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With trials of FingoPay – a technology which validates payments based on the veins in your finger – being rolled out this month, biometric style-security could soon be coming to a supermarket near you.

Great you may think; no need to carry cash or even a contactless credit card around. The days of deciding how much money to take to festivals, clubs or the beach will be gone. You won’t be able to lose money having your wallet stolen and memorising passwords and pin codes will be a thing of the past.

But before we fast forward too quickly and get swept away by this utopian cash-free future, let’s take a minute to stop and think about what this means for our personal data, security and privacy.

While companies are surging ahead in embracing new technologies like fingerprint scanning and the use of our veins as unique pass codes, are we the customers really ready, and comfortable, to accept the implications of this type of change?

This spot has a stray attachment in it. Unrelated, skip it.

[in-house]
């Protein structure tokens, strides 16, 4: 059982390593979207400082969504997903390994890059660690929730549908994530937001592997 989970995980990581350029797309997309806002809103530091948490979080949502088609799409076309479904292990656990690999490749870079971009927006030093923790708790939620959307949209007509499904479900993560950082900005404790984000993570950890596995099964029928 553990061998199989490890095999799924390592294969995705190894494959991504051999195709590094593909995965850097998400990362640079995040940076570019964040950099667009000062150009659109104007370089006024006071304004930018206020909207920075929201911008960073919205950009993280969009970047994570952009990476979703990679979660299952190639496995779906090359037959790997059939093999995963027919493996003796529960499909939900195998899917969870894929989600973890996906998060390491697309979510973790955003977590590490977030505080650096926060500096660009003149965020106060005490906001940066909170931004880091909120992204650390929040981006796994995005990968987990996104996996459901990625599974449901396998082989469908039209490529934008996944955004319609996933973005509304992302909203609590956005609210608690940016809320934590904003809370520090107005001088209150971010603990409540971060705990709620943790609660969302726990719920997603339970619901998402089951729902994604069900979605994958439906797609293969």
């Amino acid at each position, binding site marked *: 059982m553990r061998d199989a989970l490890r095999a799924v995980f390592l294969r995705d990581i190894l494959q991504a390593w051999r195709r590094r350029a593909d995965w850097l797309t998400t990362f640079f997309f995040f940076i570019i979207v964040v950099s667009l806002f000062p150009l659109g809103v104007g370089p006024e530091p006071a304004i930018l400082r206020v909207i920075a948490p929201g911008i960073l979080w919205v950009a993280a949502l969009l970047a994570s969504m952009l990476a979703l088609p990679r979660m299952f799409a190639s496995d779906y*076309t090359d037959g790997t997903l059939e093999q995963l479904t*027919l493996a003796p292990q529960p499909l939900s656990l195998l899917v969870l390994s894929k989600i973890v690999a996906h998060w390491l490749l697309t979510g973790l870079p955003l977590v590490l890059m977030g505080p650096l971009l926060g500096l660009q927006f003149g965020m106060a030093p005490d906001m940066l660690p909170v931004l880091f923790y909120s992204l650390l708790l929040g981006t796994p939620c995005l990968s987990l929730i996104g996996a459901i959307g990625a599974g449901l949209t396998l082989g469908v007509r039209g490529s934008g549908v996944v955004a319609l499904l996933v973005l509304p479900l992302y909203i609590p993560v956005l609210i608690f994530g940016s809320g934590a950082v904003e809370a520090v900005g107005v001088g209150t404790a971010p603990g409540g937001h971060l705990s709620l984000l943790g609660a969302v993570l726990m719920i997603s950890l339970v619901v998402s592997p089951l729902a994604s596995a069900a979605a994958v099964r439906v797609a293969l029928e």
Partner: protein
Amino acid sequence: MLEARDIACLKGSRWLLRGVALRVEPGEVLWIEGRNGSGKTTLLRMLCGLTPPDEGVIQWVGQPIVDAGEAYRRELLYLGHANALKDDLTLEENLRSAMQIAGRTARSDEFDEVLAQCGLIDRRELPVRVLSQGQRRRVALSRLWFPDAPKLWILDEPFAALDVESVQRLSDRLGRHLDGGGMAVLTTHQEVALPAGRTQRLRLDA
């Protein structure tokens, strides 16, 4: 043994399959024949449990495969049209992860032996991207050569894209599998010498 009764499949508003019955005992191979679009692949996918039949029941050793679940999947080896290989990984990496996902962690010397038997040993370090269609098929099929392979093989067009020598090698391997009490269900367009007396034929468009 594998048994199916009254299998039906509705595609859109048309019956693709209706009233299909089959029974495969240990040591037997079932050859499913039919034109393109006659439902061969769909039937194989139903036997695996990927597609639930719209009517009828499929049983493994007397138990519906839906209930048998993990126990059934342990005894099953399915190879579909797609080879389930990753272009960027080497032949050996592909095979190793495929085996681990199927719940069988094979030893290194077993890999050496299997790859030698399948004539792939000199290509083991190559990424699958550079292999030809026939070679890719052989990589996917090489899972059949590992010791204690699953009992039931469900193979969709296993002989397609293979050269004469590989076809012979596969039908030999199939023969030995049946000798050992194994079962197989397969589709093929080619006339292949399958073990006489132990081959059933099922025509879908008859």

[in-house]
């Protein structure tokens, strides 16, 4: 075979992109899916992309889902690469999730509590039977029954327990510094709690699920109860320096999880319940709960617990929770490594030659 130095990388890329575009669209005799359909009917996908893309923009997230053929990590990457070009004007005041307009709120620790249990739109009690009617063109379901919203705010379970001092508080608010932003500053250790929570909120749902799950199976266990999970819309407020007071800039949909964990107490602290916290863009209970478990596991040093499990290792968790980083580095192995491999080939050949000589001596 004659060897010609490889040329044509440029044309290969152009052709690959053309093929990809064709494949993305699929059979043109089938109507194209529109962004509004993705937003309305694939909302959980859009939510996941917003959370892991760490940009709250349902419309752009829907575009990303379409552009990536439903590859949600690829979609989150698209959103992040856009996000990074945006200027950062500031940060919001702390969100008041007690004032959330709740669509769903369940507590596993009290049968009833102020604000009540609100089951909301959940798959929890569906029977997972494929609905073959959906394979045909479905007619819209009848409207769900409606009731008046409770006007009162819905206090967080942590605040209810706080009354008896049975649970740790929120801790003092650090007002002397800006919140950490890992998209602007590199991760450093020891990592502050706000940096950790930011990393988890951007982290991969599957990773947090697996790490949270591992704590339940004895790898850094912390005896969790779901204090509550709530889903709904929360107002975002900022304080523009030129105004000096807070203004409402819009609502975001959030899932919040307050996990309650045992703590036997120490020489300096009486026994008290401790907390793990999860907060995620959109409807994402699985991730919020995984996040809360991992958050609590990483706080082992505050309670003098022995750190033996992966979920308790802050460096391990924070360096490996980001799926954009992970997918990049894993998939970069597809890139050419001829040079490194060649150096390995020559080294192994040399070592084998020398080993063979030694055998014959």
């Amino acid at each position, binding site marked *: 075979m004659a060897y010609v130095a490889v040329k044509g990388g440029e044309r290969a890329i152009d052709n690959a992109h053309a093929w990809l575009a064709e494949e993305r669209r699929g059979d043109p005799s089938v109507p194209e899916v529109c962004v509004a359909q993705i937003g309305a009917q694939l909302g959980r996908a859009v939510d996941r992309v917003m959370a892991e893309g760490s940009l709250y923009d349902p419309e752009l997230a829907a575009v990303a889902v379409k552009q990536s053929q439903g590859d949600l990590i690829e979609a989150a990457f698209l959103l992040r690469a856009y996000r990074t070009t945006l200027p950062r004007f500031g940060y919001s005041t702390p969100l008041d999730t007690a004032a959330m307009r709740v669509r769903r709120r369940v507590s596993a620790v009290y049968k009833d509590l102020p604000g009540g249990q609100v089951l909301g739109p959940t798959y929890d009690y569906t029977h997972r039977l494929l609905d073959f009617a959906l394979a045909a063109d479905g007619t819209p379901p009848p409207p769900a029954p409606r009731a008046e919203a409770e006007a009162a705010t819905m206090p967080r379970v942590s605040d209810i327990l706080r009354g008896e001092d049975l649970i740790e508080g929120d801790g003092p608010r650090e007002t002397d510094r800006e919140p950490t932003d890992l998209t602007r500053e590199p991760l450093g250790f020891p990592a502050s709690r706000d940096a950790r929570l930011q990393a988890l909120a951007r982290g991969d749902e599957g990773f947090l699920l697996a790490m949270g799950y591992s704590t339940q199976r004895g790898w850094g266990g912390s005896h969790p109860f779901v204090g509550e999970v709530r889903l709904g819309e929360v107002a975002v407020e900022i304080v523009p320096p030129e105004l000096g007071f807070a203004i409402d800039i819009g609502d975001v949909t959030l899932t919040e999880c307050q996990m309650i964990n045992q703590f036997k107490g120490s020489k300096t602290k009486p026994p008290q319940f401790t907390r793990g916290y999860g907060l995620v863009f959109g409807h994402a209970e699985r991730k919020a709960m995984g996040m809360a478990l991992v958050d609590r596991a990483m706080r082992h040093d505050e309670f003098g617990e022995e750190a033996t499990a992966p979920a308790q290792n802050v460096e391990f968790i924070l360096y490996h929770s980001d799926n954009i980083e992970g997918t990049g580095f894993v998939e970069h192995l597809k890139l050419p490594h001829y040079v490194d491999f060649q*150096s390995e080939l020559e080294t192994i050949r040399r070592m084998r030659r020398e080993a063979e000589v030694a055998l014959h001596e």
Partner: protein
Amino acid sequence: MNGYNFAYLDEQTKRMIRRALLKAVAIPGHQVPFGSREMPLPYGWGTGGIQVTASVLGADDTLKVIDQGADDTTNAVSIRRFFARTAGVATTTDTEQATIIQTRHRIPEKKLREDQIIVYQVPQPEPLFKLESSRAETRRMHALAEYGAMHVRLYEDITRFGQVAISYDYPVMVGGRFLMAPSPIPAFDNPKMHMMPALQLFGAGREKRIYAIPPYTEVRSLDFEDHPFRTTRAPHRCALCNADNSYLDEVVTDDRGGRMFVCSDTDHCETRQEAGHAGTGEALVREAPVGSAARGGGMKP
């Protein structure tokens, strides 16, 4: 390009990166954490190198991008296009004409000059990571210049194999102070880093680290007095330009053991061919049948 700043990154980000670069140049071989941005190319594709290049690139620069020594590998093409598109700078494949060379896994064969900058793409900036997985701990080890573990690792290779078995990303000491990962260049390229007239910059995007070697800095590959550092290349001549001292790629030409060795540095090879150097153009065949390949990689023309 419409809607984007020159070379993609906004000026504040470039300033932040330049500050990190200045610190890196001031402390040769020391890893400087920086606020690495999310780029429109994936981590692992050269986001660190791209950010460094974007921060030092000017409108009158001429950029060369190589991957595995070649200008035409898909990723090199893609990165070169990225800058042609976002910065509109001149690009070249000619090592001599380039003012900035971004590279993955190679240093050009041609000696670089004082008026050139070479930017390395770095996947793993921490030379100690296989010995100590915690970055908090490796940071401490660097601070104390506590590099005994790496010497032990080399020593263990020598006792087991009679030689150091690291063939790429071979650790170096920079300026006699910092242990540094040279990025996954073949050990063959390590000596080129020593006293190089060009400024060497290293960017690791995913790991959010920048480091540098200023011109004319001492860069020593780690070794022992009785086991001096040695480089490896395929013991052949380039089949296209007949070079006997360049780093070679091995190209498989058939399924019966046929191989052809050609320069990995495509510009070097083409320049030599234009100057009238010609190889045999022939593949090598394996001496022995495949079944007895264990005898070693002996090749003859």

We know how disastrous the consequences are when personal data is leaked – and recent breaches mean the public’s trust in those holding our data is at an all-time low – but the implications of losing biometric data are even more extreme. We need to understand the safeguards that are in place and that our data is both handled and stored with the highest ethical and security values.

If biometric security is to work for businesses they need to get customers onside early on – they must build trust.  This means making the case clearly for how personal information will be safeguarded.  Total transparency is required to demonstrate that due diligence has been done and the case needs to be put to the consumer to let them choose this biometric form of validation in an informed way – rather than this becoming the new norm by stealth or worse still the only available option.

If companies are to take full advantage of these new creative ideas they need to remember that putting the customer first extends from purely a fantastic user experience to the often more mundane – but no less important – operational issues like data storage and usage. 

Technology, and advances in it, particularly fintech is a wonderful thing – let’s be sure to keep attitudes towards it that way.  Make the case upfront and avoid another Care.data-style calamity.  

If you’re interested in signing up to the ethical use of data then check out the Market Research Society’s Fair Data policy and apply for its ICO-endorsed trust mark.  

Emma Molton headshot

Emma Molton is a director at Camargue.